The European Investigative Journalism Conference

Deep dive into the scientific method

Join this masterclass at Dataharvest 2024 to get an in-depth understanding of both how to investigate science and how you can use science in your investigations.

If you have a Dataharvest ticket, you can come add this full-day masterclass for just €50 by writing to: The masterclass takes place on Thursday 30 May, the day before the conference opens.

Why this masterclass matters

Understanding science is crucial for any investigative reporter. Science underlies and investigates some of the biggest forces shaping the world, from pandemics and the climate crisis, to AI and mental health. Millions of scientific articles are published every year. But science is not a neutral enterprise; it is a human endeavour like any other, vulnerable to conflicts of interest and fallibility.

Despite this, journalists are often not equipped with the tools, knowledge and networks necessary to navigate the complexities of science.

This masterclass is designed to address this skills and knowledge gap, to break the “untouchable” perception of science, and enable you to apply an investigative journalism approach to science, and unlock a new world of sources and stories.

What you will learn

  • How the scientific system works, from funding proposals to peer-reviewed papers, and how to engage with science as a source.
  • Where to find scientific information. Practical tips on how to access open information platforms and the resources for different disciplines, and how to access publications which are not open.
  • Understanding different kinds of scientific publications: original papers, preprints, meta-reviews, reports (peer review vs. unvalidated), and how to judge if a publication is credible.
  • How to read a scientific paper – where the important information is and what is less relevant. How to understand statistics in science.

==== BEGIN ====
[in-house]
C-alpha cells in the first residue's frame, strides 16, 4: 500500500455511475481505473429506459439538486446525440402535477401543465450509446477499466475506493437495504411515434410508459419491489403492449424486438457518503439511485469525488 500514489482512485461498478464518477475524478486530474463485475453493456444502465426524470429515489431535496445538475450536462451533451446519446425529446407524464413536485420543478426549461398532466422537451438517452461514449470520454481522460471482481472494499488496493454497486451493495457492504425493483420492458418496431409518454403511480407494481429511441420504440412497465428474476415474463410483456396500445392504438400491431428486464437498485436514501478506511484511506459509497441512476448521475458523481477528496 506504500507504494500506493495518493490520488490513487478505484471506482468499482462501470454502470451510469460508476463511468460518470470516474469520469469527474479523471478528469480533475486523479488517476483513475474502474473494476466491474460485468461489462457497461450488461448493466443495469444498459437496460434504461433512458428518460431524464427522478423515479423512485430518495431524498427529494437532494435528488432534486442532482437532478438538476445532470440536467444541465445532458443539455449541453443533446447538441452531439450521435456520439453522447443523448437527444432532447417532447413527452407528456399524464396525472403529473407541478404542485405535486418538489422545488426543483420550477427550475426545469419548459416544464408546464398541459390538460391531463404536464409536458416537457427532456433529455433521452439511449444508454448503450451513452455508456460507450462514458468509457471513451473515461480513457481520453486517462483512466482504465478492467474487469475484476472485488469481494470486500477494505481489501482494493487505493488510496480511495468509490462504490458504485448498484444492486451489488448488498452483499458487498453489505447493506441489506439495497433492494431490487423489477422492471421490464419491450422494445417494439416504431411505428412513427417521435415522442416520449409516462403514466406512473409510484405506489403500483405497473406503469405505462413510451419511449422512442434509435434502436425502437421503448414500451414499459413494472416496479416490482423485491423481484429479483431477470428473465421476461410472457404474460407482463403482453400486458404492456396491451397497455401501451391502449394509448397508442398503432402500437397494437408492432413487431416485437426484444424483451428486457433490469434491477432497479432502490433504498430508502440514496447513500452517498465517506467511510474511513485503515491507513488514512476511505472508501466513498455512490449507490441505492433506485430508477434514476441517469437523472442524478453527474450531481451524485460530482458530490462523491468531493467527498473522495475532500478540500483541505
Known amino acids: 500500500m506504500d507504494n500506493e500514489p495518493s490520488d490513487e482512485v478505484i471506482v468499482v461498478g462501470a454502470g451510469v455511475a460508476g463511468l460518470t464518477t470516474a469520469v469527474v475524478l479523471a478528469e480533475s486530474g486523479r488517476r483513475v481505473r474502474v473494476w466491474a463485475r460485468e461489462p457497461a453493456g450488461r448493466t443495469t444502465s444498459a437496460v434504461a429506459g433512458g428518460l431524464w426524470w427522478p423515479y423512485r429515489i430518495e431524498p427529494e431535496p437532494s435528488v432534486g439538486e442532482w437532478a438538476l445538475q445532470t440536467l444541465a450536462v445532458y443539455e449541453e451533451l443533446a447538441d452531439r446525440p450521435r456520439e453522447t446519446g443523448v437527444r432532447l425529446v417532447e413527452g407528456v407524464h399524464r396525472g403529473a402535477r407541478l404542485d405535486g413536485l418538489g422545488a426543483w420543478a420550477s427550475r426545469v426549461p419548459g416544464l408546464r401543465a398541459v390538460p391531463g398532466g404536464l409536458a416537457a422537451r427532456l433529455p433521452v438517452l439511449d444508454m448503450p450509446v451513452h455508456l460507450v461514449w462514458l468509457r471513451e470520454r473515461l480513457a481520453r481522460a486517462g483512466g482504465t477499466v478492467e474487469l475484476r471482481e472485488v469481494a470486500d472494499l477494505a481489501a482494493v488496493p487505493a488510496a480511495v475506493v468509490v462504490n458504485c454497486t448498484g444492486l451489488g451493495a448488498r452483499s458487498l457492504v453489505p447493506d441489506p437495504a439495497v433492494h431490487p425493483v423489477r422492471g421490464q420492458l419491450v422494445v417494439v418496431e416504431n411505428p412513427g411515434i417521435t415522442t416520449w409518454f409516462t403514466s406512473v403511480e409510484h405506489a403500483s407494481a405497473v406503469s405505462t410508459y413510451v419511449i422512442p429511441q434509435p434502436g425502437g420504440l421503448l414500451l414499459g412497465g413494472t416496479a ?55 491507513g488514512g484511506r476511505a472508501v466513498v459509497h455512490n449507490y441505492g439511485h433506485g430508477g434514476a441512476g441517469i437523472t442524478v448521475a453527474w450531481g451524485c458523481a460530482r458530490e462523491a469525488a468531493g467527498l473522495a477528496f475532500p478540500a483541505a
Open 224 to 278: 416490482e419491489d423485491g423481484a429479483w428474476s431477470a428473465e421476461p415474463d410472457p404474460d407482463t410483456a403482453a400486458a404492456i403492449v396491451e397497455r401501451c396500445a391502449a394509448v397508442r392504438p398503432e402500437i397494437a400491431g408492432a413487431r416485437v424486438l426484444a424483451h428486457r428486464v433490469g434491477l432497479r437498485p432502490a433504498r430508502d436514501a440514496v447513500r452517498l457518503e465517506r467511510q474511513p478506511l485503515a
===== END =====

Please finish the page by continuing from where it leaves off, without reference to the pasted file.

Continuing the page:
• How you can judge whether scientific information is reliable, and differentiating between scientific hypotheses and pseudo-scientific theories.
  • Where to find the networks and communities of practice, and how to engage with them to enable you to find expert sources, collaborators, and to get feedback on information you’re investigating.
  • The principles, standards, and indicators of high-quality science communication.
  • How to look for bias, wrongdoing, and conflicts of interest and revolving doors in science in its relationship with other industries.
  • Understanding discrimination, sexism, racism and post-colonialism in science – its history, present context, and next frontiers.

What you will walk away with

  • An understanding of how to engage with science and scientists in your reporting.
  • References – where to find information.
  • List, maps, and guidance on where to find experts in different fields.
  • An understanding of how to judge the value of a publication and of an expert.
  • And more!

Who it’s for

  • Journalists who want to learn how to investigate science.
  • Journalists who want to use science more in their reporting.
  • Journalists who are not science specialists and don’t have a scientific background.

About the trainer

Elisabetta Tola is an Italian science, tech, and data journalist, who holds a Ph.D in Microbiology. She is a 2019 Tow-Knight fellow from the Graduate School of Journalism, CUNY, and a president and co-founder of the independent non-profit journalism project, a Mediterranean centre that brings the scientific method into journalism. Elisabetta also works as a freelance chief editor at Il BO Live and as a presenter of Radio3Scienza at RAI Radio3. She has worked on multiple crossborder investigative projects, and as a media trainer on digital journalism and verification. She is the author of the handbooks “Driving Scientific Research into Journalistic Reporting” and “Making Sense of Science Stats”, and she co-authored the book “Semi ritrovati, un viaggio alla ricerca dell’agro-biodiversità.”